No Rules Day
I’ve been the COO at Door of Hope now for over eight months, and I continue to be impressed by the quality of staff, and their creative, out-of-the-box thinking with regard to our program. An example that recently caught my attention was No Rules Day.
Door of Hope’s mission is to equip homeless families to rebuild their lives. That mission holds true for the kids in our program as well. Our ASP focuses on a child’s emotional, social, and physical development. Education is a huge part of that. The ASP is an intentional and structured program that incorporates both learning and fun.
Of late, our ASP staff noticed that the children had been challenging the rules of the program more often, interrupting staff when they were talking, and otherwise taking for granted what the staff did for them – tutoring, helping with homework, making daily snacks and rewarding good behavior. Some kids compared the rules in the program to being in prison. It’s not unusual for kids to push back against the rules. Often times this is the first time rules have been enforced and a certain amount of resistance is expected. However, this was far beyond the norm.
Our ASP staff decided they needed to do something to right the ship, so they came up with No Rules Day. Wednesday at 3pm when the program started, staff announced to the kids that it was No Rules Day, and then did nothing more other than keep an eye out for safety issues.
At first it was quite noisy in the colorful room set aside for the program, and the children, ranging in age from 5 to 14 years, seemed to be enjoying themselves, but things quickly started to turn! Those who were trying to do their homework asked why staff weren’t telling the others to be quiet. Staff replied, “Why don’t you ask them to be quiet yourself” and went back to playing with their phones. A few of the kids went to the office to tell Regina Alexander, the Program Manager that staff weren’t doing their jobs, saying “They don’t care!” The kids were taken aback when Regina, who was in on the No Rules Day concept, told them it was no big deal. When it was time for the daily nutritious and pre-prepared snacks, the kids instead were directed to a box of donated foodstuffs in the adjoining kitchen and told to help themselves. All afternoon staff would break in on the children’s conversations, interrupting them. Soon the children were complaining, “You don’t care”, “How am I going to finish homework?”, and “This is unfair”. This went on until the program ended for the day at 5:30pm that evening.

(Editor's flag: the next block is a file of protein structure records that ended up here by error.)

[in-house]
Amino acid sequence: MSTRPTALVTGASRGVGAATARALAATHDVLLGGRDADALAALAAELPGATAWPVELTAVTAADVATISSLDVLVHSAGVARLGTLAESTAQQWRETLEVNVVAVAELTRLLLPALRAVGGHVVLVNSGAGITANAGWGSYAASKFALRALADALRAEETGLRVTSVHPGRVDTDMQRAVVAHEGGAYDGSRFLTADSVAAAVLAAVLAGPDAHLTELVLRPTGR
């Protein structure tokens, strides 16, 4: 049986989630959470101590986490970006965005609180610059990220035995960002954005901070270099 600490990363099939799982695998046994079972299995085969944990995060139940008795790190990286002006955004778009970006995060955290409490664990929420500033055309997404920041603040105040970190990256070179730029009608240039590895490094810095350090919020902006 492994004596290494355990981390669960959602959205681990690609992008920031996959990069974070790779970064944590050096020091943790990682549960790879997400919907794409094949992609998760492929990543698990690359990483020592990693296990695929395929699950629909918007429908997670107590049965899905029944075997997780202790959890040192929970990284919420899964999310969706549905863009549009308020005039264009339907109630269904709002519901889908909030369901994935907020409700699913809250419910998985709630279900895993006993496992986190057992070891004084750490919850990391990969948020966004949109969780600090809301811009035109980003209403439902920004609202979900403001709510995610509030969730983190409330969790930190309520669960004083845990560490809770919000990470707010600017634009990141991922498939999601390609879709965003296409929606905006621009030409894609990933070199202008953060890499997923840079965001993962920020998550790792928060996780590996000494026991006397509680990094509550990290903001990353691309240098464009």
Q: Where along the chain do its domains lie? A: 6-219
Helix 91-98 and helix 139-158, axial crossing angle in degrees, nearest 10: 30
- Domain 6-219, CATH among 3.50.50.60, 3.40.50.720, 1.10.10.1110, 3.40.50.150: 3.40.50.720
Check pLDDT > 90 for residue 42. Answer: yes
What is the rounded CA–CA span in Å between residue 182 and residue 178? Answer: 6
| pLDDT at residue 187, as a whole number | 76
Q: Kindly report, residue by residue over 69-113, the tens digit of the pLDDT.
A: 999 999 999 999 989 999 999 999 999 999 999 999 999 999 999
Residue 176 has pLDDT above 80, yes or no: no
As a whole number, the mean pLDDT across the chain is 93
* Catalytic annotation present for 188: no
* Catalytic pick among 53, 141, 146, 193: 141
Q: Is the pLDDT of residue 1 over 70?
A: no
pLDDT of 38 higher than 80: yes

The following day, Children’s Coordinator Gema Chow asked the kids what they’d thought of No Rules Day. Some commented that they hadn’t liked missing out on the electronic “bucks” they earn each day for good behavior. “David” (not his real name), who is 12, enthusiastically said it was fun – could they do it again sometime? Gema asked, “If it was so much fun, why were you so upset yesterday at not having help with your homework?”, which started others questioning staff about why they had so many rules and pushed the kids so hard – to do their homework, to read for twenty minutes each day, to write in a journal. Focusing on Proverbs 3:12 (“…because the Lord disciplines those he loves, as a father the son he delights in”) Gema replied that it was because they were all intelligent children, that staff cared about them and wanted them to succeed in the real world. The kids quickly caught on, and one said, “You guys take care of us like our moms do.”
That night, when “David’s” mother came home, she found him washing dishes, and telling the younger children to let mom alone for awhile after a hard day’s work. “David” had internalized the amount of work his mother did in caring for the family – cooking, washing dishes and cleaning – and decided to step up himself.
I want to reiterate what Gema told the kids, they are intelligent, and we do want them to succeed when they leave Door of Hope. That’s why we invest so much into their development while they’re here. While breaking the rules may not be such a big deal in the average child’s life, it’s so important in the lives of our kids. They are only with us for a short period of time, and every day is valuable. No Rules Day taught our kids some important life lessons that I hope stick with them. I’m really proud to be part of this organization, and to work with so many fine people who care so passionately about others and put so much of themselves into serving them.
P.S. “David” and his mother have had an estranged relationship. A week after No Rules Day, “David’s” mother told staff, “Ever since he started ASP he’s changed. In the past when I would yell at him and make him mad he would yell back at me and be angry with me. However, just recently when I screamed at him he told me, “Mom, I don’t like it when you yell at me, please don’t scream”. I was so surprised that he didn’t get angry, but instead he used his words to tell me how he felt. I’m so glad that he’s learning how to deal with conflict in ASP at an early age. I’m older than him, and I’m now learning how to control my anger and talk about it instead of yelling. Thank you for helping my son in ASP, you guys do so much for him.”